Gilder, Rufus Lee v. The State of Texas--Appeal from 262nd District Court of Harris CountyAnnotate this Case
Affirmedand Opinion filed October 4, 2005.
Fourteenth Court of Appeals
RUFUS L. GILDER, Appellant
THE STATE OF TEXAS, Appellee
On Appeal from the 262nd District Court
Harris County, Texas
Trial Court Cause No. 868,893
M E M O R A N D U M O P I N I O N
The trial court found appellant Rufus Gilder guilty of violating his community supervision and sentenced him to confinement in a state jail for one year. On appeal, appellant claims that the trial court erred in immediately sentencing him after adjudicating guilt, thereby depriving him of a punishment hearing. Because all dispositive issues are clearly settled in law, we issue this memorandum opinion. Tex. R. App. P. 47.4. We affirm. In the fall of 2001, appellant pled guilty to the felony of forgery of a commercial instrument. The trial court deferred adjudication of appellant=s guilt and placed him on community supervision for five years. One condition of appellant=s community supervision was that he refrain from disorderly conduct, abusive language, or disturbing the peace at any Harris County facility. On June 29, 2004, the State filed a motion to adjudicate appellant=s guilt, alleging that he violated various terms and conditions of his community supervision. After an oral hearing, at which both parties presented evidence and at which appellant testified, the trial court found the allegations to be true. After the trial court adjudicated guilt, the following exchange took place:
COURT: Do you have anything to say before sentence it [sic] pronounced?
APPELLANT: I=d like to apologize to the ladies that I harmed and C
COURT: All right.
APPELLANT: May B I think, you know, I got my family. You know, they B about this whole deal, just want to apologize.
COURT: All right. . . . But do you have anything further to say?
The court then sentenced appellant to one year=s imprisonment.
In his sole issue, appellant complains that the trial judge erred by immediately sentencing him after adjudicating guilt, thereby depriving him of a punishment hearing. Appellant relies heavily on the decision in Issa v. State, in which the Court of Criminal Appeals held that Athe defendant is entitled to a punishment hearing after the adjudication of guilt, and the trial judge must allow the accused the opportunity to present evidence.@ 826 S.W.2d 159, 161 (Tex. Crim. App. 1992) (emphasis in original). We find Issa readily distinguishable. In Issa, the defendant was given no opportunity to present evidence or to object to the trial court=s actions because the trial court pronounced the defendant=s guilt and his sentence in a single proclamation. Here, this was not the case. In Hardeman v. State, under facts similar to those in the present case, the Court of Criminal Appeals stated that AIssa does not stand for the absolute right to a separate punishment hearing@; the court went on to hold that the defendant Ahad the opportunity to present evidence [on punishment] during the proceedings, and that is all that is required.@ 1 S.W.3d 689, 690B91 (Tex. Crim. App. 1999); see also Pearson v. State, 994 S.W.2d 176, 179 (Tex. Crim. App. 1999) (AIt is immaterial that the opportunity to present evidence came before the actual words of adjudication.@).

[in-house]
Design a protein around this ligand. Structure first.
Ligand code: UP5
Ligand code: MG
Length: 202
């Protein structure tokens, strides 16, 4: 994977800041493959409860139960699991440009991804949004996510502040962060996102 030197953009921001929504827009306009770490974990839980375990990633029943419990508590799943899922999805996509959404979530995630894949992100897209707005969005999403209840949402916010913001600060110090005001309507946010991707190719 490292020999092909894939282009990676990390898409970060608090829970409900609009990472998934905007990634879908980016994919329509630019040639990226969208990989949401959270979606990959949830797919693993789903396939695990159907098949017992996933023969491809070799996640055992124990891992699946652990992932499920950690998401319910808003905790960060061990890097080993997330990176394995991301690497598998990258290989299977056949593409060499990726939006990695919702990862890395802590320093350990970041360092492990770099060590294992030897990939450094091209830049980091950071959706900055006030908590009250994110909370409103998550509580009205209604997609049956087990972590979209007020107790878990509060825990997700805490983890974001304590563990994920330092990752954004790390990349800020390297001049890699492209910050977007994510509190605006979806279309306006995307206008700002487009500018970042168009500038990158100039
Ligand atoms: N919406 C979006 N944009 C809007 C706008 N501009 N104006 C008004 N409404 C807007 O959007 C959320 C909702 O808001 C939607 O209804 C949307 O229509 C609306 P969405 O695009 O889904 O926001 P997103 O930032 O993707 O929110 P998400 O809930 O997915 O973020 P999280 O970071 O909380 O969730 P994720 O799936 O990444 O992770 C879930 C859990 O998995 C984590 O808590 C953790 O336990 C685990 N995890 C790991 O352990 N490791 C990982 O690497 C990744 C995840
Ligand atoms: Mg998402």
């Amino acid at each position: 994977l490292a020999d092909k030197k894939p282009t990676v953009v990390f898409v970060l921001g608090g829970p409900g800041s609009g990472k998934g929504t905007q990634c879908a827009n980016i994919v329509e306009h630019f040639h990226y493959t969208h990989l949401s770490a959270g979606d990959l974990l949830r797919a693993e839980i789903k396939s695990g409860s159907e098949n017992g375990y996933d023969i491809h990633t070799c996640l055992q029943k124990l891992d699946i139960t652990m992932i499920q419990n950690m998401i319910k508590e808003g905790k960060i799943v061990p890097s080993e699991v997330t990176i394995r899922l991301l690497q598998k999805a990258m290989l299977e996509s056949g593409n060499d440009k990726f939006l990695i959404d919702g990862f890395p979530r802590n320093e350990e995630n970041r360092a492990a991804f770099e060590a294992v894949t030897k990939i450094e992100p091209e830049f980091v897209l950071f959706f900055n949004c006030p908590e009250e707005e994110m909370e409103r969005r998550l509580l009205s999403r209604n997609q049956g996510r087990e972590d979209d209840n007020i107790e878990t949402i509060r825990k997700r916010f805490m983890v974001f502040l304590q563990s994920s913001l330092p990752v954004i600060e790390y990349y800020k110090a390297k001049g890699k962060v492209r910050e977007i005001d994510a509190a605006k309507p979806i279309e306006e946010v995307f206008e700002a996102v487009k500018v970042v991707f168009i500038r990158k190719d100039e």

In light of the Court of Criminal Appeals=s holdings in Hardeman and Pearson, we overrule appellant=s single issue. We affirm the judgment of the trial court.
/s/ Adele Hedges
Judgment rendered and Memorandum Opinion filed October 4, 2005.
Panel consists of Chief Justice Hedges and Justices Yates and Anderson.
Do Not Publish C Tex. R. App. P. 47.2(b).